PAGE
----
- Since 2012, BISMUTH has been in operation, but has only recently started using XMR miners.
According to the Microsoft Threat Intelligence Team, crypto-miners are not considered a serious threat.
Educating end users about personal data protection is one of the ways to contain such attacks.
Bismuth, a nation-state actor in the field of threats, uses crypto-mining techniques to disguise its attacks, according to the Microsoft 365 Defender Threat Intelligence Team. The team unveiled this news in a report on November 30th in which it noted that the hacker group is now releasing crypto-mining malware in addition to its regular cyber-spy toolkits.
It says BISMUTH has been conducting sophisticated cyber-spy attacks using both custom and open source tools since 2012. The group has reportedly targeted large multinational corporations, financial services from governments, educational institutions, and human and civil rights organizations. However, according to the Microsoft Threat Intelligence Team, the latest attacks by BISMUTH have taken a new shape. For example, the team highlighted the group’s attacks from July to August 2020 and found that the Monero Miners (XMR) group had targeted private and government institutions in France and Vietnam.
The Microsoft 365 Defender Threat Intelligence team explained how BISMUTH carried out these attacks,
“Cryptocurrency miners are typically associated with cybercriminal operations, not with sophisticated nation-state actors. They are not the most sophisticated type of threat, which also means that they are not among the most critical security problems that defenders address with urgency.
As such, the group used the warnings of low-priority crypto-miners to try to determine their persistence while flying under the radar.
Fade in to build confidence with the targets
According to the Microsoft 365 Defender Threat Intelligence team, BISMUTH’s operational goal remained to establish continuous monitoring and extract useful data when it appears unchanged. However, the deployment of XMR miners opened a door for other attackers to monetize compromised networks. The team admitted that the use of Crypto-Miners was unexpected. However, the team quickly added that the move was consistent with the group’s method of monetizing.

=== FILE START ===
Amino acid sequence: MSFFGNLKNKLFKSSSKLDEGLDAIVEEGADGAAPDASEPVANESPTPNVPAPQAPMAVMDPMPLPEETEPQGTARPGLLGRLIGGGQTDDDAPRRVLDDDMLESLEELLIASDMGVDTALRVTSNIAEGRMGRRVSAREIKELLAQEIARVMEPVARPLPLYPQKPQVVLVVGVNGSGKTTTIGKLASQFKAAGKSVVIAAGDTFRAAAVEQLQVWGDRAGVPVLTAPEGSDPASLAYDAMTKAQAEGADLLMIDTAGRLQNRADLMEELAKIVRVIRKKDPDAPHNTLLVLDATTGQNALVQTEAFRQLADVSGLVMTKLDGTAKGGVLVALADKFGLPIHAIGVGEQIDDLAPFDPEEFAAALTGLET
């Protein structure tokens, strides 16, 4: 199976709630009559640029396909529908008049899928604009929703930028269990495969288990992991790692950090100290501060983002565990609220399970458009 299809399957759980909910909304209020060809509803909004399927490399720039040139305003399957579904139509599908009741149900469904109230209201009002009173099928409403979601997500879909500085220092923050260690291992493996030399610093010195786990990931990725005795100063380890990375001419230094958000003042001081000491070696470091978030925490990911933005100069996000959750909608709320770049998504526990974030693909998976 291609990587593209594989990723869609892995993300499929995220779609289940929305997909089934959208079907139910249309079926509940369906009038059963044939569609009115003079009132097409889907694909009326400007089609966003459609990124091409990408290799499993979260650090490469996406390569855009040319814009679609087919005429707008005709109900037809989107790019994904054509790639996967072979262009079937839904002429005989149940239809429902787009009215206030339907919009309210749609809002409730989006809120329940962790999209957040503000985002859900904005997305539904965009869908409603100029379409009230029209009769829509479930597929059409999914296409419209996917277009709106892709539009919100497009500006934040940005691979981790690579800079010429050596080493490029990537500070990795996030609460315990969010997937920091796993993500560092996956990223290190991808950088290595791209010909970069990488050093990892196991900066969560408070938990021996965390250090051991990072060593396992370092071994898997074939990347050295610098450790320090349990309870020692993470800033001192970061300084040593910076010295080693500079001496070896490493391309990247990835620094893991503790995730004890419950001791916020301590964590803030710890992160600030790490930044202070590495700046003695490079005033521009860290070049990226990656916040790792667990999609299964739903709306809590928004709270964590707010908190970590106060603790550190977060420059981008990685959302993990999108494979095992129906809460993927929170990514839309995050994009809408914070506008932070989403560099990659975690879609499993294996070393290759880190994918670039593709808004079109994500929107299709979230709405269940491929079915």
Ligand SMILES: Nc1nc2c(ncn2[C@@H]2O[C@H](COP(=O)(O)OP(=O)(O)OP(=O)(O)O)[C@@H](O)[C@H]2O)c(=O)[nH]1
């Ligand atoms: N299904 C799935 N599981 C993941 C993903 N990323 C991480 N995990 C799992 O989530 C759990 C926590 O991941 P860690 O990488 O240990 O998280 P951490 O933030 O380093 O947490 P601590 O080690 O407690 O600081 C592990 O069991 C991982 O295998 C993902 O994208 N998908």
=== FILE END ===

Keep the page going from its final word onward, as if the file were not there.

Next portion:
The threat intelligence team took note of this,
“This pattern of interference is particularly evident in these recent attacks, beginning with the initial access phase: spear phishing emails, specifically created for a particular recipient per target organization, showing signs of prior intelligence. In some cases, the group even corresponded with the targets, making them even more credible in convincing them to open the malicious attachment and start the chain of infection.
According to the report, by using Crypto-Miners, BISMUTH was able to hide even more malicious activity behind threats that many systems passed off as malware. The publication also stated that network operators should treat malware infections with urgency when dealing with Trojans in the commodities business that introduce human-operated ransom demands, as they can indicate the start of more sophisticated attacks.
Effective means to contain such attacks
The report outlined some of the ways in which organizations can build resilience against such attacks, and noted that networks should educate their end users about how to shield their personal and business information in social media. The report also recommended that users configure Office 365’s email filtering settings, enable interface reduction rules, prohibit macros or allow macros from known locations only, and review perimeter firewall and proxy settings to prevent servers from connecting arbitrarily to the Internet.
The publication also suggested that users should enforce strong, randomized administrator passwords, use multi-factor authentication, and avoid the use of domain-wide administrator-level service accounts.